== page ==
Blood on the Sidewalk
Once again you are in this town you never see,
except for hospital halls and small rooms.
You park your bags and go eat in the hotel restaurant.
The waiter recognizes you and remembers.
“How are you doing?” he says. “Really.”
Yes, he remembers.
“I feel good.” I tell him.
“I find out how I am doing tomorrow.”
I don’t really believe it.
Neither does he. He’s been there, he says,
with his mother. He knows.
He knows how it never ends.
The wondering. The ever present possibility
that it is not over. That there is more to be done,
That all the pain and surgery and work and rehab
are just the step to more
pain and surgery and rehab,
That it weighs on you, not overtly, no, never that,
but never quite releasing you, a leech in the night,
small and insistent, not robbing you of joy,
but never quite releasing you to fly
blood on the sidewalk.
About this poem.
I am in Concord, NH tonight, to meet with my surgeon and to do rehab. I stayed where we stayed last time, and the waiter remembered me. We had quite the conversation ranging from health to religion to some people seeming to be open to conversations and some not.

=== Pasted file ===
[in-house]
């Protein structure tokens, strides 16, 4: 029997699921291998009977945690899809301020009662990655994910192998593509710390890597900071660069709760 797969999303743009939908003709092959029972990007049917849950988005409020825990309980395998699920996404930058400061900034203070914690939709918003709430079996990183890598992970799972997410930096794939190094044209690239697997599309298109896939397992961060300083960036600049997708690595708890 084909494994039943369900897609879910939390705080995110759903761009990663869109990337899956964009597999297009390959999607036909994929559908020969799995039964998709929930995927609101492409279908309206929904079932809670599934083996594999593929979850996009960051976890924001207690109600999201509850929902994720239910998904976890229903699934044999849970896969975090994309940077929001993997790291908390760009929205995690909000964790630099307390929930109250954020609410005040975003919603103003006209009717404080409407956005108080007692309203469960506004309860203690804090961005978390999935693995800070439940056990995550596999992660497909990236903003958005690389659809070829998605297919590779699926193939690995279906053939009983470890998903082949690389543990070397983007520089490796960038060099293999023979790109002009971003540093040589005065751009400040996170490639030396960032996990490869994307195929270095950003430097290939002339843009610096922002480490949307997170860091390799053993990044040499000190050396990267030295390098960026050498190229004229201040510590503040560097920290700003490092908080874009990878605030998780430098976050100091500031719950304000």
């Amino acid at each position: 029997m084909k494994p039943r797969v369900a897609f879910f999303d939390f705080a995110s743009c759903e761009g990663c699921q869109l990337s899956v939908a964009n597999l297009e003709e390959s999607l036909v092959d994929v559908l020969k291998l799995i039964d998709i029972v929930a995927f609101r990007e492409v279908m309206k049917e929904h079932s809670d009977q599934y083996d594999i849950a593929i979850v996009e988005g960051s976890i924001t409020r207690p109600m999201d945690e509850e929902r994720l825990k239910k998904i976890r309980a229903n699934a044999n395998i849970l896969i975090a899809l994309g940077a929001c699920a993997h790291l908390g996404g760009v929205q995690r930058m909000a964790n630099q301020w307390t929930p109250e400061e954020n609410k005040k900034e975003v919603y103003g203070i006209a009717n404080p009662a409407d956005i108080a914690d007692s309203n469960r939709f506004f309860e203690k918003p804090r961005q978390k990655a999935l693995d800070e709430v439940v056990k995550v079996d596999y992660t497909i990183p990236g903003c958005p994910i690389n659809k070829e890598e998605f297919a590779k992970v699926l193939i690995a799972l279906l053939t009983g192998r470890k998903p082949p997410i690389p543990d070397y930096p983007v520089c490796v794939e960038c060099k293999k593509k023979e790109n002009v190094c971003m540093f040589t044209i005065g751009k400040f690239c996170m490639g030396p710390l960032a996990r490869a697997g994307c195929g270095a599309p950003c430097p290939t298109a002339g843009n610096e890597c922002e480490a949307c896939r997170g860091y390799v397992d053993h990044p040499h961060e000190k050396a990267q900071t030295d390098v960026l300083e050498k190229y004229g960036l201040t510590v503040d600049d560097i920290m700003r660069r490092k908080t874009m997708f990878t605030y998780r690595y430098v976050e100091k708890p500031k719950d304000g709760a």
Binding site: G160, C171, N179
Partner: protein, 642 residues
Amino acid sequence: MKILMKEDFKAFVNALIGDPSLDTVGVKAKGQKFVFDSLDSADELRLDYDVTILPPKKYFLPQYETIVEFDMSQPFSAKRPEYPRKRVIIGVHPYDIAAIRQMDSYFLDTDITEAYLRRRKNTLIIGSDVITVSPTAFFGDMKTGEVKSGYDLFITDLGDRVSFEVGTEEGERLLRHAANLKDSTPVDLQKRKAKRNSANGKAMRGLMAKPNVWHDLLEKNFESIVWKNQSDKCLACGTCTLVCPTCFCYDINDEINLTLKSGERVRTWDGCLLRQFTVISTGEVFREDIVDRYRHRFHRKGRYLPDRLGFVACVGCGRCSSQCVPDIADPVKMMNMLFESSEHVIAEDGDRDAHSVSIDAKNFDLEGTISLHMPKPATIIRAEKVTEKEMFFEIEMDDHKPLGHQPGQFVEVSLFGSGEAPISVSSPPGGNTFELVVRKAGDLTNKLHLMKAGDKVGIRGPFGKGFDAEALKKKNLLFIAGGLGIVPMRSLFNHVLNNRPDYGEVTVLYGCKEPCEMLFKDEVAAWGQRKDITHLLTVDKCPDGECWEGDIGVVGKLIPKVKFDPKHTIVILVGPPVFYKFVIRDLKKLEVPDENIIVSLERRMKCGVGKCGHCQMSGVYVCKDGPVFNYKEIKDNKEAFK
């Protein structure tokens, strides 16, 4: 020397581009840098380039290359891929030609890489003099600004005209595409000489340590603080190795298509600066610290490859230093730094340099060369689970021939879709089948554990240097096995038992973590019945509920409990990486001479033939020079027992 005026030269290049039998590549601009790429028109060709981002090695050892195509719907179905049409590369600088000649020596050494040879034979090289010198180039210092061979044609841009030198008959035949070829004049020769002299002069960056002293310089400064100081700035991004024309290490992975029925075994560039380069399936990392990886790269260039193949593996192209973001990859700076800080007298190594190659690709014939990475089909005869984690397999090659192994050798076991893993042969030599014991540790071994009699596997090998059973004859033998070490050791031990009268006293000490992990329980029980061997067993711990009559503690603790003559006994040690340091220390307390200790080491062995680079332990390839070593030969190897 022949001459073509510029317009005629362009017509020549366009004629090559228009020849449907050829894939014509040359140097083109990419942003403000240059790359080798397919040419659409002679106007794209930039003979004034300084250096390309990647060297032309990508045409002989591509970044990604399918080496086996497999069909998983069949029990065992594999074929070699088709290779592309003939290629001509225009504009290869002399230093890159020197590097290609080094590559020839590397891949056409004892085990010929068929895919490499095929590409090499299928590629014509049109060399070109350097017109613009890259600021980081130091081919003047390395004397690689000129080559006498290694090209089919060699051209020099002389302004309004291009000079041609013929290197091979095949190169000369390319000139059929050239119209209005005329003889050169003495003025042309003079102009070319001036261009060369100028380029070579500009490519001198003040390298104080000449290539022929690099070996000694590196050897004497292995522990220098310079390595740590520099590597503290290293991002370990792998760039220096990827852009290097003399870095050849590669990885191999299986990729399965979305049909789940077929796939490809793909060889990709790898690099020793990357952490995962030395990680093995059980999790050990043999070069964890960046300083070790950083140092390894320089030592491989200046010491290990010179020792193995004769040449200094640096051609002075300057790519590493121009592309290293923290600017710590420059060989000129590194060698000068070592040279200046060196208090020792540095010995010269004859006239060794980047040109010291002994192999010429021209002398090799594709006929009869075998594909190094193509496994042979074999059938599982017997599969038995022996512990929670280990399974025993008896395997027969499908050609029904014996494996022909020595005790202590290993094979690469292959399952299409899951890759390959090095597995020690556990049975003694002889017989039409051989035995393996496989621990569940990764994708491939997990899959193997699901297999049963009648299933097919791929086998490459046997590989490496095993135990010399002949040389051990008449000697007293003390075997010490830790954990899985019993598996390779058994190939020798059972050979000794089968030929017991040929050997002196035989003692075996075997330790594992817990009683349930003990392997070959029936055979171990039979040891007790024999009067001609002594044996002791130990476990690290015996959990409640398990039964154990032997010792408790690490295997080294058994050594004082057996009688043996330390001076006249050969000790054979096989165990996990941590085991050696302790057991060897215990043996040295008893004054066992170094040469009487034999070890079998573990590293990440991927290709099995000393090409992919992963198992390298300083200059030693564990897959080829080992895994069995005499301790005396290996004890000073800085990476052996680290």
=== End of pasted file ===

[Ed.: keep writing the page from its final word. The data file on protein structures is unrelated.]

I find out tomorrow whether they really truly got everything. A 50% chance. I am hoping, more than that, praying I am in the right 50%. One of the things they don’t tell you is how wearing it is to go months and months, never knowing really where you are, and when you might be done, if ever.
I’m not whining. There’s lots like me, and many worse. Right now, just as I was before the surgery, I feel pretty good. But we need to understand that cancer, any cancer, is not a fix, it is a process, and a wearing one, and people go years sometimes, waiting, just waiting, for the other shoe to fall.
Be kind. All the time.